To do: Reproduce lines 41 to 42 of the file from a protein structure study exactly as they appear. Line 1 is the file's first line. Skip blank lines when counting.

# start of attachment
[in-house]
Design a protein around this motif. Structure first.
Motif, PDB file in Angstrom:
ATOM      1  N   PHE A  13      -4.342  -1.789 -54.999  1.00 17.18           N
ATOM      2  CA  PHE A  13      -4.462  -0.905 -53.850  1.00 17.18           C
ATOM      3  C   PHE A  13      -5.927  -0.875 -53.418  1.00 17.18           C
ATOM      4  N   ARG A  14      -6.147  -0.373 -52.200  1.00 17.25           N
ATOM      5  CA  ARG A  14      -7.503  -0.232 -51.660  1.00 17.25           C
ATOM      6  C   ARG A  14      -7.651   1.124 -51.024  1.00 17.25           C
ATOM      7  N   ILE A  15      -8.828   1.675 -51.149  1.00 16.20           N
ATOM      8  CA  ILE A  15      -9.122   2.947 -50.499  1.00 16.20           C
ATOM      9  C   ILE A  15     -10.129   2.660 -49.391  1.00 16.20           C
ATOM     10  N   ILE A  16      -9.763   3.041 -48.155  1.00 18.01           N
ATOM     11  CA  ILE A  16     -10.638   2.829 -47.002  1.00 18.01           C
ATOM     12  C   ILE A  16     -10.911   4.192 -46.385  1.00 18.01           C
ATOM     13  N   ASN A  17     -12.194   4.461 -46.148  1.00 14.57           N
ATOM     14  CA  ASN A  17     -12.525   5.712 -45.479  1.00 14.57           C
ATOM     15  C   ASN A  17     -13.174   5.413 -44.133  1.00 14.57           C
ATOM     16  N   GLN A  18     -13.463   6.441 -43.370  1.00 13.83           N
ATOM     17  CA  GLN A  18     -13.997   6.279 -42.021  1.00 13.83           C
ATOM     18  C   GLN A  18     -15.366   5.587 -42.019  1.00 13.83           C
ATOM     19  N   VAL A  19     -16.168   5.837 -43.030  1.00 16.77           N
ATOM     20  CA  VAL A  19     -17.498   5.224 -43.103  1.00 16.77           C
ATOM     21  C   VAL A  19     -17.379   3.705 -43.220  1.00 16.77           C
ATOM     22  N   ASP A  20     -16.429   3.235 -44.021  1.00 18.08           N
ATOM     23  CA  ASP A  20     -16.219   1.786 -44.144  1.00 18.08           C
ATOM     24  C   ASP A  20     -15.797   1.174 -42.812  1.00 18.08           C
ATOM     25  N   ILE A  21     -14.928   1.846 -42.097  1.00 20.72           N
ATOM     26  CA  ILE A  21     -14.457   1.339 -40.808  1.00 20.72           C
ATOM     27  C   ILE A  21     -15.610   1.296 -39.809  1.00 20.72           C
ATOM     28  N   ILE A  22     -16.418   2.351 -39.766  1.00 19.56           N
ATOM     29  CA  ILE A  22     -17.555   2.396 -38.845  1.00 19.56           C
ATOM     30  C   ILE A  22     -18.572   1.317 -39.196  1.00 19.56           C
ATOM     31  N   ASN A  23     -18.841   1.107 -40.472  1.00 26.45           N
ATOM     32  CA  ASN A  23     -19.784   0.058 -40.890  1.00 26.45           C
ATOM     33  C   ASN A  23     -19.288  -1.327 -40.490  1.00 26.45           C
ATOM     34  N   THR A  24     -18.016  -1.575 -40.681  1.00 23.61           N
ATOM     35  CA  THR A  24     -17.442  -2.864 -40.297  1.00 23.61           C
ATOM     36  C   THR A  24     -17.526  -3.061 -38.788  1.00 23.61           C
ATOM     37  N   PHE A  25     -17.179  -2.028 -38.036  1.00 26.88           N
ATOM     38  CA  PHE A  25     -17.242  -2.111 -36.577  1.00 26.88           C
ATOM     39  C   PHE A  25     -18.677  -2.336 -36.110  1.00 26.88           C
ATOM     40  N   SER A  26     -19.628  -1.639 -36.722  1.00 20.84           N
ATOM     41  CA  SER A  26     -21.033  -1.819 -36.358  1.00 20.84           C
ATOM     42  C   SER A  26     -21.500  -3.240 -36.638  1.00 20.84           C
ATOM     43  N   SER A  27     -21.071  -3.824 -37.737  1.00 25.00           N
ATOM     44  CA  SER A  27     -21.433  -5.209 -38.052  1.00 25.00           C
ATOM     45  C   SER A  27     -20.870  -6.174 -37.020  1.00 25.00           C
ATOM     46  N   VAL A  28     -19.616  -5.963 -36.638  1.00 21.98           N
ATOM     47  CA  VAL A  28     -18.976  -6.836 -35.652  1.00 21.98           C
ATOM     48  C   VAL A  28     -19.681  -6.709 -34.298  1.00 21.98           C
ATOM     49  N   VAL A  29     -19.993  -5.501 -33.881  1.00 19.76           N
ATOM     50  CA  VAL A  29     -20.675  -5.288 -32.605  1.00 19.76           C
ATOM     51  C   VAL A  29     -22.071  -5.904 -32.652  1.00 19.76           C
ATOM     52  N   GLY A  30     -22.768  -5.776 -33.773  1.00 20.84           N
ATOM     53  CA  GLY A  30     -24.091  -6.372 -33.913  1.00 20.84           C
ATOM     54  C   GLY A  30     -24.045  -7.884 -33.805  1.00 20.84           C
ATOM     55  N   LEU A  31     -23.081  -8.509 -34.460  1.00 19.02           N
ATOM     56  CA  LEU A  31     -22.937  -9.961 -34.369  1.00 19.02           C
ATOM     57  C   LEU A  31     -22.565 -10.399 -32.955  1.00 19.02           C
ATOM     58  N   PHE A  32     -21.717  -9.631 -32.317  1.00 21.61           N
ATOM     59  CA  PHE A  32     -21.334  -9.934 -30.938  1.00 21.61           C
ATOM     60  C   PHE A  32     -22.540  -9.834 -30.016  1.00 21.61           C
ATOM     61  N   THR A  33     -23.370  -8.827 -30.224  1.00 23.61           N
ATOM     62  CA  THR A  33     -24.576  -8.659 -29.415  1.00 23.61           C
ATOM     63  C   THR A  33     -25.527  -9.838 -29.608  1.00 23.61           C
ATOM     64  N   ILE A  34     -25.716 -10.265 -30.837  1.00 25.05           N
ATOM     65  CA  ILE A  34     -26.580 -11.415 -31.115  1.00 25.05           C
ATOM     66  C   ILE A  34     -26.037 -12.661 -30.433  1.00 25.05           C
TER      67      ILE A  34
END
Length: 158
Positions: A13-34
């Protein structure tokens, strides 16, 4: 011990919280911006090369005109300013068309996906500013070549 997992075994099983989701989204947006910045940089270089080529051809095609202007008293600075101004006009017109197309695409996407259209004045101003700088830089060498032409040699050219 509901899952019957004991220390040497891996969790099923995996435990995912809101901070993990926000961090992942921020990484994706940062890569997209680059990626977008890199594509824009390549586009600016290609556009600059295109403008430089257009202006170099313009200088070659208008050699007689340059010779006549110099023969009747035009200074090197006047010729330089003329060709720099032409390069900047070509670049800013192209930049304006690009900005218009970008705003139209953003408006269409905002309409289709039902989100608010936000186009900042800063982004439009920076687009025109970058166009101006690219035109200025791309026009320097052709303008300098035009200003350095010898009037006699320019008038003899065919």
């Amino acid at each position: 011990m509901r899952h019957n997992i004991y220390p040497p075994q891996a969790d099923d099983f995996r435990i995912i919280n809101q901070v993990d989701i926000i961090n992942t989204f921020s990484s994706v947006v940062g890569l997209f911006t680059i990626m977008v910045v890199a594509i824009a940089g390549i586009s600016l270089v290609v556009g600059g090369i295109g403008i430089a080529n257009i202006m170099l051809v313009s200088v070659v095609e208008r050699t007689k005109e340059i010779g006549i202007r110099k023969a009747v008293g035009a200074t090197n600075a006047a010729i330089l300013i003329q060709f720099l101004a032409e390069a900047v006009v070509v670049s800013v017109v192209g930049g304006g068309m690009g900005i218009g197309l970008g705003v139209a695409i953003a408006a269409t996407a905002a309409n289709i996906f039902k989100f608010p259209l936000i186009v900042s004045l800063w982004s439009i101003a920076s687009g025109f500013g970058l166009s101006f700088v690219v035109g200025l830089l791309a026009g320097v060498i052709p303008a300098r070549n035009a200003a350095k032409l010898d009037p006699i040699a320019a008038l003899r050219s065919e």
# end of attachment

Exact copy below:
ATOM     38  CA  PHE A  25     -17.242  -2.111 -36.577  1.00 26.88           C
ATOM     39  C   PHE A  25     -18.677  -2.336 -36.110  1.00 26.88           C